Executing ssisUnit tests in MSTest framework

One of the drawbacks of ssisUnit is that it has only its own test runner. You can run the tests either using GUI or the console application, but the output is not that easy to parse and to present on the report. I’m used to working with Pester output or using NUnit/MSTest frameworks that integrates nicely with other tools. In this post, I will show you how to prepare and execute ssisUnit tests using MSTest framework, how to automate this process, and how to run those tests with TFS (or VSTS).

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Using cached datasets in ssisUnit

In the previous post, I wrote about using datasets in the ssisUnit test. By default, the dataset query is executed against the data source each time the test is run. But we also have an option to store the dataset’s result in the test file. In this post, I will show you how you can use it.

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Using Connections and Datasets in ssisUnit

One of the elements you can define in ssisUnit is a Dataset. In this post of the ssisUnit series, I will show you how to prepare and use it later in a test. The Dataset As you can see in the image above, the dataset is a named result that contains data. It has five attributes (although you can see just four of them in the GUI): Name (required) – the name of the dataset, used for referencing the dataset in a test IsResultsStored (required) – the boolean flag informing if we have the results cached (true) or we always ask the external source (false) Connection (required) – the connection

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Testing database connections with ssisUnit

Previously we successfully prepared tests for variables and parameters using VariableCommandand and ParameterCommand. Now it’s time to communicate with the database, and for that, I will use connection manager defined on the project level. I know from the ssisUnit tutorials it works perfect with package connection managers, so it’s time to verify it against the projects. I will test the package 10_ProjectCM.dtsx – it is just getting a single value from the table in a database and storing it in a variable. All the packages and unit tests are on my GitHub.

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Writing first tests with ssisUnit

Previously I wrote about the importance of testing the SSIS packages and introduced you to ssisUnit. In this post, I will show you how to write simple tests for the variables and parameters using Test Suite Builder. As I wrote before: just start slow and small, don’t write your first tests for the most complicated part of the package. Create a new SSIS project and use the automatically generated Package.dtsx. Open it and add two parameters:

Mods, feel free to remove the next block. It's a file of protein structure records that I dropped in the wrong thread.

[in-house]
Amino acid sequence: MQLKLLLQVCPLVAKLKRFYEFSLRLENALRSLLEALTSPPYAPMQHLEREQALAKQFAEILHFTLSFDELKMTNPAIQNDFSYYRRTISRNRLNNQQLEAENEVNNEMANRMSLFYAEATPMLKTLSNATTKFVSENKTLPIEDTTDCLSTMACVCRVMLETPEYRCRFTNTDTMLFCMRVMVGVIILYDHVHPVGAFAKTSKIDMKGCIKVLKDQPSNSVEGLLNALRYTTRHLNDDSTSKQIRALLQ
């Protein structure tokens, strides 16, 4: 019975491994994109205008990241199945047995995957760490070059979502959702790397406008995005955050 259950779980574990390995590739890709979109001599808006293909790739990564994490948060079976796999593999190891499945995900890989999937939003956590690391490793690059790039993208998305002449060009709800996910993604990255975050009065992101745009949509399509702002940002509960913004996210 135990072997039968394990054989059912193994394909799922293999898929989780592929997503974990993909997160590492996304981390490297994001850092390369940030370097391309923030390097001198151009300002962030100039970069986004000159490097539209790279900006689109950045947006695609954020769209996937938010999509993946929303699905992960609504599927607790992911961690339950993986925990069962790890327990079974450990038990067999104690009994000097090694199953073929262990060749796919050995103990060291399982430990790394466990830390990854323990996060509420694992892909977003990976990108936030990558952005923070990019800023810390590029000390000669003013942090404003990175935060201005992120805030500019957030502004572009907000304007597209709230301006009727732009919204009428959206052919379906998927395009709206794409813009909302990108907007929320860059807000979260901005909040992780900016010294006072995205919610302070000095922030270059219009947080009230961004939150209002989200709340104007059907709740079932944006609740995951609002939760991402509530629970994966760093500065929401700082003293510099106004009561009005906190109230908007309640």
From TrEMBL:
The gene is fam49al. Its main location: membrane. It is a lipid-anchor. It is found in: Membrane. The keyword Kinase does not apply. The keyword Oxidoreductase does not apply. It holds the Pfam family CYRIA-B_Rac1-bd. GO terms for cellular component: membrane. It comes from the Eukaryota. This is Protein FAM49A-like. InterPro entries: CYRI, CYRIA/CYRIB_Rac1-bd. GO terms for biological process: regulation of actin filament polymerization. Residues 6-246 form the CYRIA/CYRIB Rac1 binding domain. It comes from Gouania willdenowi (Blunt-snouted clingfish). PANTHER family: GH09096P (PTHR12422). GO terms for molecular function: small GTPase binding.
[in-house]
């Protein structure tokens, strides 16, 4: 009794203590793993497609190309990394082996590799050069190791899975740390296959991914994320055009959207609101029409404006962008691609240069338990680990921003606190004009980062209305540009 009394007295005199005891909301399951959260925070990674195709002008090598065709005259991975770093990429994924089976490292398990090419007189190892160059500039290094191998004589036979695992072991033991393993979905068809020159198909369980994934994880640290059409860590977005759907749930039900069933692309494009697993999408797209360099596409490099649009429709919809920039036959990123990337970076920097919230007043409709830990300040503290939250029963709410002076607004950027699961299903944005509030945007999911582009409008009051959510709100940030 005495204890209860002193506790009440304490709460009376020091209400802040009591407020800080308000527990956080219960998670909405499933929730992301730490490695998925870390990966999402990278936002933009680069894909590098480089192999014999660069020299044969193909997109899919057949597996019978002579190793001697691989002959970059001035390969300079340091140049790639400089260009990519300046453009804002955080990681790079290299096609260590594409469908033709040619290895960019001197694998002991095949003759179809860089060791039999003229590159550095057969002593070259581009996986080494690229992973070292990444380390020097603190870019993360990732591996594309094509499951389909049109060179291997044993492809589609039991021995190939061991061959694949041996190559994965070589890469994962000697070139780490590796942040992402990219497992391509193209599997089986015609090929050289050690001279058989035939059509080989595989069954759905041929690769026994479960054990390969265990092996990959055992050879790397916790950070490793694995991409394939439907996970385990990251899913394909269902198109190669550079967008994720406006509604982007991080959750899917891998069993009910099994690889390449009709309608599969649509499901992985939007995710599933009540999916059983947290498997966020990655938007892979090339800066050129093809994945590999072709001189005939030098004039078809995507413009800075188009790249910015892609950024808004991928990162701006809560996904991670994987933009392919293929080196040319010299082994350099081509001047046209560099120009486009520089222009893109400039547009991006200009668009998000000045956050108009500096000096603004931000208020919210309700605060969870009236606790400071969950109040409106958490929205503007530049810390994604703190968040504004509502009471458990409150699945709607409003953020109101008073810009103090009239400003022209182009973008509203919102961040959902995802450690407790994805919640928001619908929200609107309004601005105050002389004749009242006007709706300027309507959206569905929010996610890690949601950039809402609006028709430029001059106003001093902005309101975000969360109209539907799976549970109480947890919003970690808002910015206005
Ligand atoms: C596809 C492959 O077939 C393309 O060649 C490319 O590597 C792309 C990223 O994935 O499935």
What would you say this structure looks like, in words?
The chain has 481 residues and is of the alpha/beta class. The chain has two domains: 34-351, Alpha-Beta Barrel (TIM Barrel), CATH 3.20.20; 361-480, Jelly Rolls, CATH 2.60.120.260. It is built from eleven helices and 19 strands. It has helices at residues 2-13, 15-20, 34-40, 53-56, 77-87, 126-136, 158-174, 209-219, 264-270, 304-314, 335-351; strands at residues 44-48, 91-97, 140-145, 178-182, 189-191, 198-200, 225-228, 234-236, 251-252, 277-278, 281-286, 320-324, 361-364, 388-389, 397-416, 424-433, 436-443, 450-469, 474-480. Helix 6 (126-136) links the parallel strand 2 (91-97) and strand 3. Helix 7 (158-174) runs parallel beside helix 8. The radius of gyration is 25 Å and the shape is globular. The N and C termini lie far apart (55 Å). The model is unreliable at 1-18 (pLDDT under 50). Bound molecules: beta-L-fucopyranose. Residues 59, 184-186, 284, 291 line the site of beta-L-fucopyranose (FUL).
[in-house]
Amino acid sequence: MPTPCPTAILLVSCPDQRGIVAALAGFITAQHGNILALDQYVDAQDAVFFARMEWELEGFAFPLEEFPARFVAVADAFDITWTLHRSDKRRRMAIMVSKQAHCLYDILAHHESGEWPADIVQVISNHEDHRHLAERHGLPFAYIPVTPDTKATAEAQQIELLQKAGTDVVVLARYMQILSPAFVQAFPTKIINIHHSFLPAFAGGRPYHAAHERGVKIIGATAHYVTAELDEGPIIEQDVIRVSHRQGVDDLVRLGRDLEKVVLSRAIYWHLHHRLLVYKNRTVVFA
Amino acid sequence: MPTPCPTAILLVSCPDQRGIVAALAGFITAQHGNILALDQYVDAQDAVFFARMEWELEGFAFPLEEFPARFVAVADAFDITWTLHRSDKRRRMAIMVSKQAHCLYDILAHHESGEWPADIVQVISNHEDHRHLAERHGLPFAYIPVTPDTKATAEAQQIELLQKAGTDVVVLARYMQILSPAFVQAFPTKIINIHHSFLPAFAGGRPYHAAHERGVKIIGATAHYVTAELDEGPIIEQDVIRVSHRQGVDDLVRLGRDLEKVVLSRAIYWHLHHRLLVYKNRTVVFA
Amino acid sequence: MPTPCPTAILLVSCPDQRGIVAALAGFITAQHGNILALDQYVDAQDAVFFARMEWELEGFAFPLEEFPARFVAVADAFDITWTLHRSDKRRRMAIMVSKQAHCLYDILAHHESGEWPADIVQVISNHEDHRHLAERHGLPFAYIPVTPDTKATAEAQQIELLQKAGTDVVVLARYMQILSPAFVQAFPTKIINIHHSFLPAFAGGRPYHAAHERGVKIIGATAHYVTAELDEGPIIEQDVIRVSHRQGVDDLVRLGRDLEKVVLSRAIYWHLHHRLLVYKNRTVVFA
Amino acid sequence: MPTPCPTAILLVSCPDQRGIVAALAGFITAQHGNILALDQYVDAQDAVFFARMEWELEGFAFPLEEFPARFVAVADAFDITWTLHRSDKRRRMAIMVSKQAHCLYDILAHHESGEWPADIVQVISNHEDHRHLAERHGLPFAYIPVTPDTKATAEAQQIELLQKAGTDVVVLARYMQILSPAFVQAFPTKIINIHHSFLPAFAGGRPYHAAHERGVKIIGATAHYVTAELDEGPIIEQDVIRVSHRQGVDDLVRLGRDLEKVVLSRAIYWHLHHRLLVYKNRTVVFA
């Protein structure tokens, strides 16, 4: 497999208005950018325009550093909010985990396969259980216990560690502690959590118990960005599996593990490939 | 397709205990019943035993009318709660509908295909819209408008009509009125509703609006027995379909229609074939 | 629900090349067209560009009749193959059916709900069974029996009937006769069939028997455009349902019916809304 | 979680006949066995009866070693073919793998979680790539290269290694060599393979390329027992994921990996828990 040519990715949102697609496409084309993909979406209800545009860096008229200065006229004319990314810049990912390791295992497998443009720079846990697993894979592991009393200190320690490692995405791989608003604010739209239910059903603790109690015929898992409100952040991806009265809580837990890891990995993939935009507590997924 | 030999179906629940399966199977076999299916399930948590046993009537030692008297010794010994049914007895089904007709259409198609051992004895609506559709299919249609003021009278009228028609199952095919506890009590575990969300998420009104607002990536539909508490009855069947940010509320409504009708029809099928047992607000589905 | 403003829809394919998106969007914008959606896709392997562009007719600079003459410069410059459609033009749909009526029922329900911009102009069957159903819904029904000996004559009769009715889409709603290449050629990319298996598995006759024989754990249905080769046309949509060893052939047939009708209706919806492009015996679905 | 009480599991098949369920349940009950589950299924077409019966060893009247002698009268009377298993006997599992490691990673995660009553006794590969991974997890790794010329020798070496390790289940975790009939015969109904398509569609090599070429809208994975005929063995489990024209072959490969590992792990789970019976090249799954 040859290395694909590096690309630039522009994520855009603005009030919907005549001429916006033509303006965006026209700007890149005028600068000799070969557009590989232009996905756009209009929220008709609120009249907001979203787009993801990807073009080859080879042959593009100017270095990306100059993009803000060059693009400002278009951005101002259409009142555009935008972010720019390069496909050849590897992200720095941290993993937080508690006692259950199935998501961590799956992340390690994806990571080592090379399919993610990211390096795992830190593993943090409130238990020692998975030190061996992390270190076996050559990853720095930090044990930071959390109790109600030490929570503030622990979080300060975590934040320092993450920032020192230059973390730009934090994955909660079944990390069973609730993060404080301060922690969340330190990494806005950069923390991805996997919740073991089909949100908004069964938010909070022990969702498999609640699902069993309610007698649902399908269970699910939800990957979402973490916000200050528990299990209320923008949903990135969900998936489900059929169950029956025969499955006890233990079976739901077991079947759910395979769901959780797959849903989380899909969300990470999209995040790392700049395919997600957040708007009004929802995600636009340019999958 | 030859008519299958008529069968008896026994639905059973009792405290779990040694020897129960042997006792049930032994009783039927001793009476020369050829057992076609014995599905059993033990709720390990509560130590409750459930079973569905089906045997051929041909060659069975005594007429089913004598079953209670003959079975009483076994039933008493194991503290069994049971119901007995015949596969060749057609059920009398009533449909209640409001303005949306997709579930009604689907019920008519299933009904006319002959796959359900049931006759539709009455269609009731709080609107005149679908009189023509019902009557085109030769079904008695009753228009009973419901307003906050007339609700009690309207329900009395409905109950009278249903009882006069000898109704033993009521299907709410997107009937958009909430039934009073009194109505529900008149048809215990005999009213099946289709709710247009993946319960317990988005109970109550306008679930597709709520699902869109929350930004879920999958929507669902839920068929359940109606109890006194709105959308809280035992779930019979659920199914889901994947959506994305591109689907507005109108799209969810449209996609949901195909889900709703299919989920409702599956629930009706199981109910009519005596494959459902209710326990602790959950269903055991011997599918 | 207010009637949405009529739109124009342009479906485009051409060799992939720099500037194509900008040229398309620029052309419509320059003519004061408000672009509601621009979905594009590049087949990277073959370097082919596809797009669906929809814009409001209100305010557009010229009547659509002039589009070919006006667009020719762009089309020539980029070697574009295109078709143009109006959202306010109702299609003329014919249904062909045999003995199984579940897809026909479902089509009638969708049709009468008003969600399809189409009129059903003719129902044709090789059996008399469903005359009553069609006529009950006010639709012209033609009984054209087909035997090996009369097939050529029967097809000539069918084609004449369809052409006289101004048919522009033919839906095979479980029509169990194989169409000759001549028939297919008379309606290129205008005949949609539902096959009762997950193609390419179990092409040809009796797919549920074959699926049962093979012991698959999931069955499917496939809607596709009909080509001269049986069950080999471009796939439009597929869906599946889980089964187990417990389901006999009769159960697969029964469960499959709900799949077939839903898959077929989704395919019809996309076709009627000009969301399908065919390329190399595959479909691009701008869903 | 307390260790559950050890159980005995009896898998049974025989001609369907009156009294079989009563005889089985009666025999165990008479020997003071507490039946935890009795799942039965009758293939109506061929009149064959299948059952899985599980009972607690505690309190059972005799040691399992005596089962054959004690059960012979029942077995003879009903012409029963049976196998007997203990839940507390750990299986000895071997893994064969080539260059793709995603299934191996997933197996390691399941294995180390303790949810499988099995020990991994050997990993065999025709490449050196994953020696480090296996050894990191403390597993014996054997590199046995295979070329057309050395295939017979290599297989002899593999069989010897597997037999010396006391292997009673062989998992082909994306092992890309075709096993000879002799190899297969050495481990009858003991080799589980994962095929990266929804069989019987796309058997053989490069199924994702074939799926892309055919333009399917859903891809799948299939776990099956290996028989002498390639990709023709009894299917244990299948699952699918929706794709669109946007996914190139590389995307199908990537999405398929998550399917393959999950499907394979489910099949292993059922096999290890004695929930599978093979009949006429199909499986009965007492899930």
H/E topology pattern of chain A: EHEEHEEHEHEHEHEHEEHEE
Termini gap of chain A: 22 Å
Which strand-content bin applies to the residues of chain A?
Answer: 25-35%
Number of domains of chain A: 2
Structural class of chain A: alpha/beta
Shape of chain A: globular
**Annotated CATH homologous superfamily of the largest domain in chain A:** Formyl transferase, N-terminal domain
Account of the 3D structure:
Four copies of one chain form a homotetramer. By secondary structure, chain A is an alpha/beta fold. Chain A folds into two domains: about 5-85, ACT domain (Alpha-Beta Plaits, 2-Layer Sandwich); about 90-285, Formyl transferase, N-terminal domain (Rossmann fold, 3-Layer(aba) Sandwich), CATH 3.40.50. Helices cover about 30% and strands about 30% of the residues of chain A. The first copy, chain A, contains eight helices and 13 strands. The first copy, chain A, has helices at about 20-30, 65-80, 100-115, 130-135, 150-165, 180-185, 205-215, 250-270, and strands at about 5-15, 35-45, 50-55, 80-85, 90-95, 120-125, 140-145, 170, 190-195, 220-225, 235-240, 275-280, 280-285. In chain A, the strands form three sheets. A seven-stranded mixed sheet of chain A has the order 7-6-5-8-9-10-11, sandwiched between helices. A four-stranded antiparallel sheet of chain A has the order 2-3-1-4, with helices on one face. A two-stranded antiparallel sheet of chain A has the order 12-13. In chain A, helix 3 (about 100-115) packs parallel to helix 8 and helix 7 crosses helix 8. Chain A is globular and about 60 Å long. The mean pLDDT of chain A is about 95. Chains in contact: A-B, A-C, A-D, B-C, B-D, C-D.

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Testing SSIS Projects with ssisUnit

During the upcoming SQLDay 2018 conference (10th edition of SQLDay!) I’ll be speaking about testing SSIS packages and projects. From my observations, I see that we don’t like testing (I’m talking about database and ETL people), but when we start doing it – it becomes a natural part of our work. In my current project, we started slow, with some data quality testing for some parts of the process. Today you can hear “let’s write a test for it”, and it’s just a regular part of the process. I want to take a testing experience a bit further. We already have data quality testing (and the number of tests grows

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Upgrading SSIS projects – part III

In the first part of the series I mentioned two methods of upgrading SSIS projects (well – packages, for now) – Application.Upgrade() and  Application.SaveAndUpdateVersionToXml(). This post is about the latter. The documentation of the method is also a bit sparse at the moment, but is self-explanatory:

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Upgrading SSIS projects, part I

In the previous post, I wrote about migrating SSISDB database. When we migrate the database the packages still have the version of the source SSIS catalog. When you start the execution of the migrated package, you get the information like “The package was migrated from version 6 to version 8. It must be saved to retain migration changes.” This information is written to the log no matter which logging level we choose (also with None). The question is: will it blend should we upgrade the packages (or better – the projects)? And if the answer is ‘yes’ – why should we do it and what are the options? Should we

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T-SQL Tuesday #96: Folks Who Have Made a Difference

This post is a part of T-SQL Tuesday series started by Adam Machanic in 2009. Ewald Cress (b | t) asked to give a shout-out to people (well-known or otherwise) who have made a meaningful contribution to your life in the world of data. As I was thinking about the people that had the most impact on my career I have to give the biggest kudos to my friend, Leszek Kwaśniewski (t). About six years ago I attended the SQL Server courses about T-SQL programming and database administration where Leszek was one of the trainers. During one of the breaks, he told about user group meetings about SQL Server and

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